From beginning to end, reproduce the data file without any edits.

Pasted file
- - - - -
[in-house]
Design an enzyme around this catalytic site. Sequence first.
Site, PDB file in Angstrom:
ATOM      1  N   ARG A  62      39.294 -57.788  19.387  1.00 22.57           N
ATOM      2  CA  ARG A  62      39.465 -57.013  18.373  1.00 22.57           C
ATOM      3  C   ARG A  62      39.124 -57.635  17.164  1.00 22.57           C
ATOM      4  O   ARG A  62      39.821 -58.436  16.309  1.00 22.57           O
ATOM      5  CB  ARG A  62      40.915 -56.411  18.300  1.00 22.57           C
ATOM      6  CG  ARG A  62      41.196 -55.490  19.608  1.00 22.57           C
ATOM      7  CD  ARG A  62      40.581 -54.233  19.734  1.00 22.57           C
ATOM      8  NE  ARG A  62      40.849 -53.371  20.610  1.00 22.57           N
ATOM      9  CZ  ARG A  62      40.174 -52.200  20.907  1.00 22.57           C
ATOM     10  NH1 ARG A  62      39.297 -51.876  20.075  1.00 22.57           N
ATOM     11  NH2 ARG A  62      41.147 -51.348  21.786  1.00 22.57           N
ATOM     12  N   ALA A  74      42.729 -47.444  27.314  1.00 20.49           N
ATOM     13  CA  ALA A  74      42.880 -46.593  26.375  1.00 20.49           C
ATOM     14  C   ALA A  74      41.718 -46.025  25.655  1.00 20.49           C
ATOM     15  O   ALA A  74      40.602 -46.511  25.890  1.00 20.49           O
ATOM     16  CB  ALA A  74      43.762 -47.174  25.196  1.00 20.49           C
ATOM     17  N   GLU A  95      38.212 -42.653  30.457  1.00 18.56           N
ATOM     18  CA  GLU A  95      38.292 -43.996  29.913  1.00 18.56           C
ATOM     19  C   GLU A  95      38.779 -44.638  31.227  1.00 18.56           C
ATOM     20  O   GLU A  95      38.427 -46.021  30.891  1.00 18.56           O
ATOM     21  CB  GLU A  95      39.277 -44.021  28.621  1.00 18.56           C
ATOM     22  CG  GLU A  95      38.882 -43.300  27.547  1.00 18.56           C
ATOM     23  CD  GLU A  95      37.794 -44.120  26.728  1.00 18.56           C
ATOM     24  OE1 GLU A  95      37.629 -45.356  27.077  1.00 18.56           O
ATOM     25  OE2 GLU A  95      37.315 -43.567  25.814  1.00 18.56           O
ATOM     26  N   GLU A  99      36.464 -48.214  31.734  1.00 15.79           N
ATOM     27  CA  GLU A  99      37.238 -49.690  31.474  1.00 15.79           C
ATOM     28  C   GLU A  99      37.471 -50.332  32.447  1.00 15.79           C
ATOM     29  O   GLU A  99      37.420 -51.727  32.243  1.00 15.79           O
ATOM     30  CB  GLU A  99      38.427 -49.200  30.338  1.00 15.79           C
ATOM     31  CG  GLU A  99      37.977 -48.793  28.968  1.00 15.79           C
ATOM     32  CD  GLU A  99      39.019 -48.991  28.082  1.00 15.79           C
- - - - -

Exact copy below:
[in-house]
Design an enzyme around this catalytic site. Sequence first.
Site, PDB file in Angstrom:
ATOM      1  N   ARG A  62      39.294 -57.788  19.387  1.00 22.57           N
ATOM      2  CA  ARG A  62      39.465 -57.013  18.373  1.00 22.57           C
ATOM      3  C   ARG A  62      39.124 -57.635  17.164  1.00 22.57           C
ATOM      4  O   ARG A  62      39.821 -58.436  16.309  1.00 22.57           O
ATOM      5  CB  ARG A  62      40.915 -56.411  18.300  1.00 22.57           C
ATOM      6  CG  ARG A  62      41.196 -55.490  19.608  1.00 22.57           C
ATOM      7  CD  ARG A  62      40.581 -54.233  19.734  1.00 22.57           C
ATOM      8  NE  ARG A  62      40.849 -53.371  20.610  1.00 22.57           N
ATOM      9  CZ  ARG A  62      40.174 -52.200  20.907  1.00 22.57           C
ATOM     10  NH1 ARG A  62      39.297 -51.876  20.075  1.00 22.57           N
ATOM     11  NH2 ARG A  62      41.147 -51.348  21.786  1.00 22.57           N
ATOM     12  N   ALA A  74      42.729 -47.444  27.314  1.00 20.49           N
ATOM     13  CA  ALA A  74      42.880 -46.593  26.375  1.00 20.49           C
ATOM     14  C   ALA A  74      41.718 -46.025  25.655  1.00 20.49           C
ATOM     15  O   ALA A  74      40.602 -46.511  25.890  1.00 20.49           O
ATOM     16  CB  ALA A  74      43.762 -47.174  25.196  1.00 20.49           C
ATOM     17  N   GLU A  95      38.212 -42.653  30.457  1.00 18.56           N
ATOM     18  CA  GLU A  95      38.292 -43.996  29.913  1.00 18.56           C
ATOM     19  C   GLU A  95      38.779 -44.638  31.227  1.00 18.56           C
ATOM     20  O   GLU A  95      38.427 -46.021  30.891  1.00 18.56           O
ATOM     21  CB  GLU A  95      39.277 -44.021  28.621  1.00 18.56           C
ATOM     22  CG  GLU A  95      38.882 -43.300  27.547  1.00 18.56           C
ATOM     23  CD  GLU A  95      37.794 -44.120  26.728  1.00 18.56           C
ATOM     24  OE1 GLU A  95      37.629 -45.356  27.077  1.00 18.56           O
ATOM     25  OE2 GLU A  95      37.315 -43.567  25.814  1.00 18.56           O
ATOM     26  N   GLU A  99      36.464 -48.214  31.734  1.00 15.79           N
ATOM     27  CA  GLU A  99      37.238 -49.690  31.474  1.00 15.79           C
ATOM     28  C   GLU A  99      37.471 -50.332  32.447  1.00 15.79           C
ATOM     29  O   GLU A  99      37.420 -51.727  32.243  1.00 15.79           O
ATOM     30  CB  GLU A  99      38.427 -49.200  30.338  1.00 15.79           C
ATOM     31  CG  GLU A  99      37.977 -48.793  28.968  1.00 15.79           C
ATOM     32  CD  GLU A  99      39.019 -48.991  28.082  1.00 15.79           C